The Stier underway.
|Career (Nazi Germany)|
|Class and type:||Merchant vessel|
|Owner:||Atlas Levant Line|
|Fate:||Requisitioned by Kriegsmarine, 1939|
|Career (Nazi Germany)|
|Recommissioned:||10 May 1942|
|Reclassified:||Auxiliary cruiser, 1939|
Schiff 23 Raider J
|Fate:||sunk South Atlantic, 27 September 1942|
|Displacement:||11,000 (4,778 GRT)|
|Length:||134 m (440 ft)|
|Beam:||17.3 m (57 ft)|
|Draught:||7.2 m (24 ft)|
|Propulsion:||1 x 7 cyl Diesel; 3,750HP|
|Range:||50,000 nm @12k|
|Armament:||6 x 150 mm L/45,
1 x 75 mm L/35, 1 twin 37 mm, 4 single 20 mm, 2 x submerged 533 mm torpedo tubes
|Aircraft carried:||2 Arado Ar 231|
Built by Germaniawerft in 1936 as the freighter Cairo, she was operated by the Atlas Levant Line (ALL) until being requisitioned for Kriegsmarine services in November 1939. After merchant warfare operations in the Baltic Sea, she was converted into a mine layer and was planned to be used during Operation Sea Lion. After this operation was canceled, the now renamed Stier was modified into an auxiliary cruiser in April 1941, first at the Wilton shipyard Rotterdam and later at Oderwerke, Stettin, and Kriegsmarinewerft, in Gotenhafen (Gdynia).
On 10 May 1942 she left Germany for operations in the Atlantic. Moving by stages down the English Channel, and after an engagement with British coastal forces on the 13th which saw the loss of two torpedo boats (German) and one MTB (British), Stier reached Royan in occupied France on the 19th. From there she departed under the command of FK (later KzS) Horst Gerlach for operations in the South Atlantic. After a cruise of 4 ½ months, in which she engaged and sank three ships, on 27 September 1942 the ship was sunk during a battle with an American cargo ship the SS Stephen Hopkins, which was also lost. Stier sinking an allied merchant ship.During her operation the Stier sank 4 ships of 29,409 tons (GRT).
Closing in foggy conditions the two ships sighted each other around 08:52 at a distance of 4,000 yards. Gerlach sent his men to action stations; the master of the Stephen Hopkins was suspicious of the unidentified vessel and did the same. The Stephen Hopkins had a small defensive armament (1 × 4 inch gun astern, and several machine guns), but when firing commenced, around 08:55, she put up a spirited defence. She scored several hits on Stier, damaging her engines and steering gear. However, overwhelmed by fire from Stier, the Hopkins drifted away; by 10 am she had sunk. Forty-two of her crew were killed in the action, and three more died later; the fifteen survivors finally reached Brazil 31 days later. Stephen Hopkin's commander, Captain Paul Buck, was posthumously awarded the Merchant Marine Distinguished Service Medal for his actions. So was US Merchant Marine Academy cadetEdwin Joseph O'Hara, who single-handedly fired the last shots from the ship's 4-inch gun. Stier possibly showing battle damage during battle with Stephen Hopkins (speculation based on picture contents).Meanwhile Stier had been fatally damaged; unable to make headway, and not responding to the helm, Gerlach made the decision to abandon ship. Stier exploded and sank at 11:40 . All but two of her crew survived and were rescued by the supply ship Tannenfels, which was accompanying Stier at the time of the action.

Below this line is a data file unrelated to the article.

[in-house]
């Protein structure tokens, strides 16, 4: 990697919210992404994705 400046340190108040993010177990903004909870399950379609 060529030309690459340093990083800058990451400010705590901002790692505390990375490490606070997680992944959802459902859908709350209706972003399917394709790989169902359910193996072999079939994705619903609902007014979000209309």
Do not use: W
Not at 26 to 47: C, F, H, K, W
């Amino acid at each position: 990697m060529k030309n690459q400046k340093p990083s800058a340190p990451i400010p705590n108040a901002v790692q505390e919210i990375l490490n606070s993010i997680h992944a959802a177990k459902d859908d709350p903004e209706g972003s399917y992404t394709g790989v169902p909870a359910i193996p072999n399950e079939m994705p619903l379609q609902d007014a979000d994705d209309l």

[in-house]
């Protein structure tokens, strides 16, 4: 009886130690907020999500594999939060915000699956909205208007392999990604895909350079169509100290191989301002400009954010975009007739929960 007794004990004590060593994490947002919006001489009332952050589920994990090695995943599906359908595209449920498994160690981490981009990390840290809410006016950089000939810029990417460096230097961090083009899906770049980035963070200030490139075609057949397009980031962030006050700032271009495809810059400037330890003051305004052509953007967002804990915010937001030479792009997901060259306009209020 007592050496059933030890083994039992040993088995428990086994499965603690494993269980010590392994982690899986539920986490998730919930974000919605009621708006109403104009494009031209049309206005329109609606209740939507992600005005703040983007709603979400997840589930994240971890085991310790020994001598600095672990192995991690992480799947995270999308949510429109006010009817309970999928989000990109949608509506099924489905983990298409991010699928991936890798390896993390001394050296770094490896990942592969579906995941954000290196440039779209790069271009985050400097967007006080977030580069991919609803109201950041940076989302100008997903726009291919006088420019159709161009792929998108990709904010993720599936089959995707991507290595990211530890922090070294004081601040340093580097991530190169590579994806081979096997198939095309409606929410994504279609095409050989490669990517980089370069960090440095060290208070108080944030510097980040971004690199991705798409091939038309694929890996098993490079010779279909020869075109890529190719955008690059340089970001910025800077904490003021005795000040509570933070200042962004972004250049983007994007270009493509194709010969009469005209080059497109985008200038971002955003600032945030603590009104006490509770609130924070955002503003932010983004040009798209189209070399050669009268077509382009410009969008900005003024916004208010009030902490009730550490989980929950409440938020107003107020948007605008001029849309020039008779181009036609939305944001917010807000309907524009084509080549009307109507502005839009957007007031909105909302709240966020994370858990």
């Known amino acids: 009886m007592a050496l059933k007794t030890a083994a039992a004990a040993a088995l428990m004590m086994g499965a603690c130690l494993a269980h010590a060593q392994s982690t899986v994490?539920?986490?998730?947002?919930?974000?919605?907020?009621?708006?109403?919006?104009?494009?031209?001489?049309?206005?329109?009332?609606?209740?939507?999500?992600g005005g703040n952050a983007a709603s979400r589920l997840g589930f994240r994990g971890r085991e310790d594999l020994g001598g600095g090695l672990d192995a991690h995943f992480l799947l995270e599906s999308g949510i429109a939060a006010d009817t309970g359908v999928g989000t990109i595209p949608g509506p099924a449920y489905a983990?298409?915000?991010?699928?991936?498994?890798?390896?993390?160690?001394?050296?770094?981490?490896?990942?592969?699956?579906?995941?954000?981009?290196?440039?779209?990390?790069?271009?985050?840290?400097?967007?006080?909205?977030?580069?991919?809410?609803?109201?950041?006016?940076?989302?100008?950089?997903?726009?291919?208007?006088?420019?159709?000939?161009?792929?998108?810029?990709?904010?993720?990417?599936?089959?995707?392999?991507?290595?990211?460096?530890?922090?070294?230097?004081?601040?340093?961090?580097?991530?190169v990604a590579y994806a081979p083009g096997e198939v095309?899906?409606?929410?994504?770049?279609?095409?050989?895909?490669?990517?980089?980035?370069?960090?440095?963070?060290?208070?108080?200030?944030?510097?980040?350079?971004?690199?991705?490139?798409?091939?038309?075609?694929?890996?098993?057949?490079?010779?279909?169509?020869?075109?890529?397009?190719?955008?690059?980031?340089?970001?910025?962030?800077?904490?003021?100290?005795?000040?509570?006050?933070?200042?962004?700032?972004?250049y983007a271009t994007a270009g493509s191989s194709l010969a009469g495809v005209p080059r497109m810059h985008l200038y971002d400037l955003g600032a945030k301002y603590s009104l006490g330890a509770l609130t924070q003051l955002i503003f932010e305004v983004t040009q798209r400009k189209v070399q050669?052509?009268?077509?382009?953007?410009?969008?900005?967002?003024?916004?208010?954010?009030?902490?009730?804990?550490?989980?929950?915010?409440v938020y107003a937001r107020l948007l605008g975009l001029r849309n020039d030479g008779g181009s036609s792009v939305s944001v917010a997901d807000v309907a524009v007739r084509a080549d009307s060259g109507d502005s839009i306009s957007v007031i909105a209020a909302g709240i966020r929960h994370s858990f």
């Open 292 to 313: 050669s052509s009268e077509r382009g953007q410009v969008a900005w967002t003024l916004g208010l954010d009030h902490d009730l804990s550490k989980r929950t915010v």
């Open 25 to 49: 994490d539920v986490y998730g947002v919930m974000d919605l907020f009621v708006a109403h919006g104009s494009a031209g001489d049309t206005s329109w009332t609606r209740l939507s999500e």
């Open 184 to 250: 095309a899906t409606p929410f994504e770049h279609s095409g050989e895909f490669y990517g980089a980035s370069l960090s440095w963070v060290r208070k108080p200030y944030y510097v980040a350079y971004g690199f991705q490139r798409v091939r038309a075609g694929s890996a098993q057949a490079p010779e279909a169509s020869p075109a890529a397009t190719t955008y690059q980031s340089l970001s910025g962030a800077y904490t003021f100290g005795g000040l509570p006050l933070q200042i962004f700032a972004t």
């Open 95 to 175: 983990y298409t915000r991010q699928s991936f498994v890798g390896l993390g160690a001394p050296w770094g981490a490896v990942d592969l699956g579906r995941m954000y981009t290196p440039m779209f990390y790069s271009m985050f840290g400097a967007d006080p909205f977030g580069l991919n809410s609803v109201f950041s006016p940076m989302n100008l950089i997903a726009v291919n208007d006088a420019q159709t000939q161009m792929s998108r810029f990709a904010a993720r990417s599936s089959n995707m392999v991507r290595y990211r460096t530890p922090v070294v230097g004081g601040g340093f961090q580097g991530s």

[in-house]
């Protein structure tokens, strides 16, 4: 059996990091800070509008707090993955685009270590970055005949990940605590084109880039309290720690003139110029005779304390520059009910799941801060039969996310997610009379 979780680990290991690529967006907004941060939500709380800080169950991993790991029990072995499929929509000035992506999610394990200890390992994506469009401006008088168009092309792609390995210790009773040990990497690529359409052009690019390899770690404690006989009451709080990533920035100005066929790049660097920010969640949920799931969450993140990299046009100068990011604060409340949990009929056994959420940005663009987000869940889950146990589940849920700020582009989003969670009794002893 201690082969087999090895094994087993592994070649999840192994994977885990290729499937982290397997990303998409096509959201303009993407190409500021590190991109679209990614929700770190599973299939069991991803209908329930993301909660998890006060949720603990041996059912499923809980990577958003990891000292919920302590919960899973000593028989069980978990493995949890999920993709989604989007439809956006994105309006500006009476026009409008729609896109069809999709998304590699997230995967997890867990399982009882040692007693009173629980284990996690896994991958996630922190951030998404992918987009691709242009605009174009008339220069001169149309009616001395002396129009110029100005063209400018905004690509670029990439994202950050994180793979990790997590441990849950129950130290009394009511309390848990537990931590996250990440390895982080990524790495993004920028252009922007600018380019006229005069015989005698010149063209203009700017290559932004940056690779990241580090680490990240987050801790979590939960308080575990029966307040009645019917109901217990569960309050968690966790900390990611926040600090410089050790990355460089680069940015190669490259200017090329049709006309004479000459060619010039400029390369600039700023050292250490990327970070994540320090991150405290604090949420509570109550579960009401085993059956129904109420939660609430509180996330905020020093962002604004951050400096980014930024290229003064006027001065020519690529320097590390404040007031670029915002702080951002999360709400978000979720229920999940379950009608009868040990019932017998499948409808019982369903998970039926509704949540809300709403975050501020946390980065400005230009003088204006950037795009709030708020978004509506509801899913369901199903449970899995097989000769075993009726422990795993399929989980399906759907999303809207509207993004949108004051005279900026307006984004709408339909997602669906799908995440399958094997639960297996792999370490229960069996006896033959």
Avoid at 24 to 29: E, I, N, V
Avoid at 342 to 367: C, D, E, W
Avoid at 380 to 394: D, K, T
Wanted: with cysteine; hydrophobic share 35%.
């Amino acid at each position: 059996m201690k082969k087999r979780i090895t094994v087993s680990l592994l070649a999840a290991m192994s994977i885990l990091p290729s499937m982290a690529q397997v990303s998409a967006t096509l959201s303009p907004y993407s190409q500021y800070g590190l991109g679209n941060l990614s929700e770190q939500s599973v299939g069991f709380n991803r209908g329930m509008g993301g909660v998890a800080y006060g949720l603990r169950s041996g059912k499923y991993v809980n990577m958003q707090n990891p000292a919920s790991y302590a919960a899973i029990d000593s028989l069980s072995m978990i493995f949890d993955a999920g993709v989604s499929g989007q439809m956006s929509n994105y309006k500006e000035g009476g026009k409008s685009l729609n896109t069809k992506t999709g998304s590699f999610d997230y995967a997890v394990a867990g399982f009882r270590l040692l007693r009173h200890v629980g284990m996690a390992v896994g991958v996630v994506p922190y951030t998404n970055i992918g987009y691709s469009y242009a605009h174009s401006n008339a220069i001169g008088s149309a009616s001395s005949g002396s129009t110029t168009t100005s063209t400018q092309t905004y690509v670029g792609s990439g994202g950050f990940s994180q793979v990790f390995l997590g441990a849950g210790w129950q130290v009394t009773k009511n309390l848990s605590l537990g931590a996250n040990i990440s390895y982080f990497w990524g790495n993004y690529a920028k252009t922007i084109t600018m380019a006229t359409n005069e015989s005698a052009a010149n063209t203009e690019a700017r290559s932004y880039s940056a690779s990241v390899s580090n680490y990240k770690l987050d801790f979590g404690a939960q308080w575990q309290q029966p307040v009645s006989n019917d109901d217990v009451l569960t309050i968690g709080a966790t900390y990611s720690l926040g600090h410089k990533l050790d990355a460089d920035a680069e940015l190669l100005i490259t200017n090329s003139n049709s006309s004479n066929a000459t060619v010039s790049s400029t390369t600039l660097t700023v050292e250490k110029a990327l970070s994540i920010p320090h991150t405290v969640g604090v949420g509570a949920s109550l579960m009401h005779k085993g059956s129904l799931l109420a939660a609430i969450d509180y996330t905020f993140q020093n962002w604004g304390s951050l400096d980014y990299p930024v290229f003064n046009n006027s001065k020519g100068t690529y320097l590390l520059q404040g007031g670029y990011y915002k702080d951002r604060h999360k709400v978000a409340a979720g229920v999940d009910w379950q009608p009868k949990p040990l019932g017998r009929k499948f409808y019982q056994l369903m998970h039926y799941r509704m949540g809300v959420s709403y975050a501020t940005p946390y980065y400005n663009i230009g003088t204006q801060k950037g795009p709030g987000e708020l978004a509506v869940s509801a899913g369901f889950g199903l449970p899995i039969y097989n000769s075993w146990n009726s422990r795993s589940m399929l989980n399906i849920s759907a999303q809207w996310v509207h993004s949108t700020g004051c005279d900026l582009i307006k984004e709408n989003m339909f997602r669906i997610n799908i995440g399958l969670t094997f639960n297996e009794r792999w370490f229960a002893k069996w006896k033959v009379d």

|4 June 1942||SS Gemstone||British||4,986||Sunk|
|6 June 1942||SS Stanvac Calcutta||Panamanian||10,170||Sunk in combat|
|9 August 1942||SS Dalhousie||British||7,250||Sunk|
|27 September 1942||SS Stephen Hopkins||American||7,181||Sunk in combat|
- ^ Turner, L.C.F. (1961). War in the Southern Oceans: 1935-45. Oxford University Press, Cape Town. pp. 148.